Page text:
Despite its status as David Karsten Daniels’ â€œfirst widely available recordâ€, nothing on Sharp Teeth stands out as tentative or immature in any way. A little further delving reveals that Karsten Daniels has in fact recorded three albums prior — and, to its credit, Sharp Teeth is the kind of record that inspires the hunt for said albums.
Karsten Daniels’ vocalisations recall those of Grandaddy, but less twee; Phil Elvrum (Mt Eerie/Microphones), but more forthright. Instrumentally, there’ a whole lot going on – the subtle influence of donk-donk British piano pop (particularly on “American Pastime’); folk music of the American South; late-nineties slow-core; the rich horns of big band jazz. It’s all tied together by shimmering, swelling string arrangements which manage to be grand yet not grandiose, courtesy of Daniel Hart, who has worked with The Polyphonic Spree among others. Beneath all of this, synths bubble so softly as to be almost unnoticeable. The 19-musician-strong mix is expertly balanced.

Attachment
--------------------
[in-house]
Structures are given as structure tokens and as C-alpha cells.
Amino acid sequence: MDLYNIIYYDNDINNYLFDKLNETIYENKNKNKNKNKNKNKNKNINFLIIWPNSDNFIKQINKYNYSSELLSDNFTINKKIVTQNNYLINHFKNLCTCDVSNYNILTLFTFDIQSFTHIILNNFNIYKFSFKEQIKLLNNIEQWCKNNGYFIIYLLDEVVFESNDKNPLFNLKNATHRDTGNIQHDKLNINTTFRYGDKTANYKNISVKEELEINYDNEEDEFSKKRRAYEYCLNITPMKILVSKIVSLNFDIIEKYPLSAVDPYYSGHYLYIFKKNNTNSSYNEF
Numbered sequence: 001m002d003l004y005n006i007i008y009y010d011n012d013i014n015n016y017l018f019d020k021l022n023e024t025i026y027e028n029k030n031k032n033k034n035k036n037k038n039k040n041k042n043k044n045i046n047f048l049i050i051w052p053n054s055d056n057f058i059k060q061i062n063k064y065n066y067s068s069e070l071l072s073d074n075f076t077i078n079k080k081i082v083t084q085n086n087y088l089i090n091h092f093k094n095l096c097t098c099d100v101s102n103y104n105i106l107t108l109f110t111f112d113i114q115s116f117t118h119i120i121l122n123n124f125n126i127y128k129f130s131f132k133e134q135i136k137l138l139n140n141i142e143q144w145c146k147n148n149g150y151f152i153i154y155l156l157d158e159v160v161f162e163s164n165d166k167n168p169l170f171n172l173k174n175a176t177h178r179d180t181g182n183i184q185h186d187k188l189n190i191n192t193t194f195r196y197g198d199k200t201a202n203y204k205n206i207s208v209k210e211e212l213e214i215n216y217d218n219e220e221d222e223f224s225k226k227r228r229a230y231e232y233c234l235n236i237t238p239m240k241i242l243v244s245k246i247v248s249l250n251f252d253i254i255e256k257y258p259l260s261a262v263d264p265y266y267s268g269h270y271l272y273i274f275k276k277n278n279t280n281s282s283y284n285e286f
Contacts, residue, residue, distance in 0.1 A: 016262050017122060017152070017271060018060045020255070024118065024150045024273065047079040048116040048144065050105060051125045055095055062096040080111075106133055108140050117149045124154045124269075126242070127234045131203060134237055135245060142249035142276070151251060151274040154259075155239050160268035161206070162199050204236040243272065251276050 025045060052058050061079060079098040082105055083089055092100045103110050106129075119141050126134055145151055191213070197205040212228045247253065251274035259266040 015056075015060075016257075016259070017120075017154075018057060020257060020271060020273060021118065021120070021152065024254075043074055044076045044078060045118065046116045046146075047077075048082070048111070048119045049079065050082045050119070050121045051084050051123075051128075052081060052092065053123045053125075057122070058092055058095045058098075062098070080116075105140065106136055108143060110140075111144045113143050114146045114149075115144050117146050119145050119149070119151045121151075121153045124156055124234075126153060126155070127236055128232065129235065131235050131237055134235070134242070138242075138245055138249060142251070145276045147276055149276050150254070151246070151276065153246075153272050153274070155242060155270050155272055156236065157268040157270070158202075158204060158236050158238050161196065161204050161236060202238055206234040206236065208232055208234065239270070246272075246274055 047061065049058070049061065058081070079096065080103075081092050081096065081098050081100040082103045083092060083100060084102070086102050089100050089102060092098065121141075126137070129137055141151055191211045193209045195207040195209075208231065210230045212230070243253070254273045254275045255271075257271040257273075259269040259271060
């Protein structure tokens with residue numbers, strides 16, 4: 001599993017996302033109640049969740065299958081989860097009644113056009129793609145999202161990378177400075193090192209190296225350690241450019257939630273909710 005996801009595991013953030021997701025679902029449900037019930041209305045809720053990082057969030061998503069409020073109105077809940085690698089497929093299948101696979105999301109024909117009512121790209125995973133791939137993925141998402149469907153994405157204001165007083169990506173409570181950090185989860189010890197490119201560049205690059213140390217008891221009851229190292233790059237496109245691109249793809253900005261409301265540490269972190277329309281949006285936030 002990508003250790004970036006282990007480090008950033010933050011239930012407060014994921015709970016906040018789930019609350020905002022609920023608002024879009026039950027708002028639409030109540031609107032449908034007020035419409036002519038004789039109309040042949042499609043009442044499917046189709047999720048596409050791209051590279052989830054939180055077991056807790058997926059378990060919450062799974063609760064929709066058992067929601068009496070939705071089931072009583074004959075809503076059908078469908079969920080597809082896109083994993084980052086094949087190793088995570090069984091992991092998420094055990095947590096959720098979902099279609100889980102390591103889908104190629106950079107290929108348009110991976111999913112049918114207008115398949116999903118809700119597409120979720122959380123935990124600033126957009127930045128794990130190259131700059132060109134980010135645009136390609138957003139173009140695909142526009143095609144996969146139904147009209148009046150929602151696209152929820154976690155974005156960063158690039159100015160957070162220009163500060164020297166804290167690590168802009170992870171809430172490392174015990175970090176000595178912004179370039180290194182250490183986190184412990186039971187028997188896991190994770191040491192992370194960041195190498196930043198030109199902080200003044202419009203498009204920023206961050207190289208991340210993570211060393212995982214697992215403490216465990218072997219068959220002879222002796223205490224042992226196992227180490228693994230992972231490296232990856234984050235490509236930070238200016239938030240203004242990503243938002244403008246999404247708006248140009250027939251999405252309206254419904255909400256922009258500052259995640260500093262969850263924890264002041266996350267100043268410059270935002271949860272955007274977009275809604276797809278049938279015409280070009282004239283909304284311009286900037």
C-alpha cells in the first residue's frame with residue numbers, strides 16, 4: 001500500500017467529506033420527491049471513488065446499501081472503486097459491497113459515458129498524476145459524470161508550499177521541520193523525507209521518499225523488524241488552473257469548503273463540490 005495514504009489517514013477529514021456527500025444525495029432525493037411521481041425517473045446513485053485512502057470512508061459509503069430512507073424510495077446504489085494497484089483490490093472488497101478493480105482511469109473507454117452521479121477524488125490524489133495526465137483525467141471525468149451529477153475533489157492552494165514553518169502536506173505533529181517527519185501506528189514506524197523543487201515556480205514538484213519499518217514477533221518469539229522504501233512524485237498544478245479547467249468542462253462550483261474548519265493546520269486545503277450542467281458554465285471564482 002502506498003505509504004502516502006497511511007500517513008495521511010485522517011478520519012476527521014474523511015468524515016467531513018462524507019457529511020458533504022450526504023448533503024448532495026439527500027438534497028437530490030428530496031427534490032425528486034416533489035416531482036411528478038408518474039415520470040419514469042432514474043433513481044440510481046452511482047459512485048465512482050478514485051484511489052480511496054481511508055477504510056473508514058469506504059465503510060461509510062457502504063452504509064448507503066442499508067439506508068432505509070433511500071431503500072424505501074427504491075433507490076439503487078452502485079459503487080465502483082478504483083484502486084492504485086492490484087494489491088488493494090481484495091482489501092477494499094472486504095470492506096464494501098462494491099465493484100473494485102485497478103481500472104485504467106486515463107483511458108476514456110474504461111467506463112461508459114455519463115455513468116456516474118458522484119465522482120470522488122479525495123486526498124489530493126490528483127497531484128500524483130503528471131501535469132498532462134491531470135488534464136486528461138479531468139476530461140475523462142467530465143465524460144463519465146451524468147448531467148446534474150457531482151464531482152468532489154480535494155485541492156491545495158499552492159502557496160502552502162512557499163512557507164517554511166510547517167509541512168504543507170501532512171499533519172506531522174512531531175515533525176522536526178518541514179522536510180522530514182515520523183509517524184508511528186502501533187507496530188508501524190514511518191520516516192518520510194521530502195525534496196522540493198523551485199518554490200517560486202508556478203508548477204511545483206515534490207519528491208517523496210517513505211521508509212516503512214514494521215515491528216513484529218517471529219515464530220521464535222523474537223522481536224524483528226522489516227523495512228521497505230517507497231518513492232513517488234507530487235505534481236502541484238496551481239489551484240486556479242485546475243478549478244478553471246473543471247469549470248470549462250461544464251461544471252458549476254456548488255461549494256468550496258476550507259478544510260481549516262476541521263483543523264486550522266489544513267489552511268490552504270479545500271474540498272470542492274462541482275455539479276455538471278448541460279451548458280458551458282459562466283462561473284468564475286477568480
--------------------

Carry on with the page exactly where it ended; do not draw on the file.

Sharp Teeth has a richness beyond its sound, though. Karsten Daniels transcends the oft-tedious singer-songwriter format by way of insightful lyrics which ponder the spaces between the will and actions of people, avoiding the tired â€œI thisâ€ and â€œI thatâ€ blathering of all too many folkies. His voice is also a little weak – thin – but in a good way – it engenders a kind of disconnectedness that eschews the whole speaking-right-to-my-soul intimacy of the genre, and foregrounds the music, which evolves from sparse steel-string and accordion to slowly crashing melodic waves. “Jesus and the Devil’ is the record’ most lyrically catchy, while album closer “We Go Right On’ perfectly captures the terrain which Karsten Daniels is willing to cross in the name of song.
If you hadn’ already figured it out, I like this album. I really like this album.